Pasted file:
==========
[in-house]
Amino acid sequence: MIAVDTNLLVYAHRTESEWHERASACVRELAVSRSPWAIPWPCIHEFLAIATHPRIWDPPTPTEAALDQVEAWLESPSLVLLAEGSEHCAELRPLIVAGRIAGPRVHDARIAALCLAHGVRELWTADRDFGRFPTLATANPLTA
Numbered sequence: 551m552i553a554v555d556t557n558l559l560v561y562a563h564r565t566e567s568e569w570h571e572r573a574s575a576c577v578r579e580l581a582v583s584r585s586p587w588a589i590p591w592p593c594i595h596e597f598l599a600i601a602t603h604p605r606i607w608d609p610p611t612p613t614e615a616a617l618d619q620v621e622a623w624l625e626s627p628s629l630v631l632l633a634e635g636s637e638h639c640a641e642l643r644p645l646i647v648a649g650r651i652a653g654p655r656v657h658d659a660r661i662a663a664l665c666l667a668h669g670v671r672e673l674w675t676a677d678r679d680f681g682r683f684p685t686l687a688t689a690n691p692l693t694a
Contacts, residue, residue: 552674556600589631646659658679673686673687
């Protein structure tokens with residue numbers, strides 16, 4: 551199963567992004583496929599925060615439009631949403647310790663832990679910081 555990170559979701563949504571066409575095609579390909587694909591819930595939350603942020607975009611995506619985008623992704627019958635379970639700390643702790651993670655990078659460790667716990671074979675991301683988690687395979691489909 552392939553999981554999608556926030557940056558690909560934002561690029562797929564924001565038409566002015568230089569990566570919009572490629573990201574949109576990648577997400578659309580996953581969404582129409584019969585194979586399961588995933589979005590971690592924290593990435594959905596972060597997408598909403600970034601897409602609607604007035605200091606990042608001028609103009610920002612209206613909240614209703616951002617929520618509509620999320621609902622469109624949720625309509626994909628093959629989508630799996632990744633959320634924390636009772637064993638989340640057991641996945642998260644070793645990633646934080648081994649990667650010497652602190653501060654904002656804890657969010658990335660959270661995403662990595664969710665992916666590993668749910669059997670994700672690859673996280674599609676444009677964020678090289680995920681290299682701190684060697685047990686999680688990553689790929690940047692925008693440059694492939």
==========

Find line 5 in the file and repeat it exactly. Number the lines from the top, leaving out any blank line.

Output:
């Protein structure tokens with residue numbers, strides 16, 4: 551199963567992004583496929599925060615439009631949403647310790663832990679910081 555990170559979701563949504571066409575095609579390909587694909591819930595939350603942020607975009611995506619985008623992704627019958635379970639700390643702790651993670655990078659460790667716990671074979675991301683988690687395979691489909 552392939553999981554999608556926030557940056558690909560934002561690029562797929564924001565038409566002015568230089569990566570919009572490629573990201574949109576990648577997400578659309580996953581969404582129409584019969585194979586399961588995933589979005590971690592924290593990435594959905596972060597997408598909403600970034601897409602609607604007035605200091606990042608001028609103009610920002612209206613909240614209703616951002617929520618509509620999320621609902622469109624949720625309509626994909628093959629989508630799996632990744633959320634924390636009772637064993638989340640057991641996945642998260644070793645990633646934080648081994649990667650010497652602190653501060654904002656804890657969010658990335660959270661995403662990595664969710665992916666590993668749910669059997670994700672690859673996280674599609676444009677964020678090289680995920681290299682701190684060697685047990686999680688990553689790929690940047692925008693440059694492939």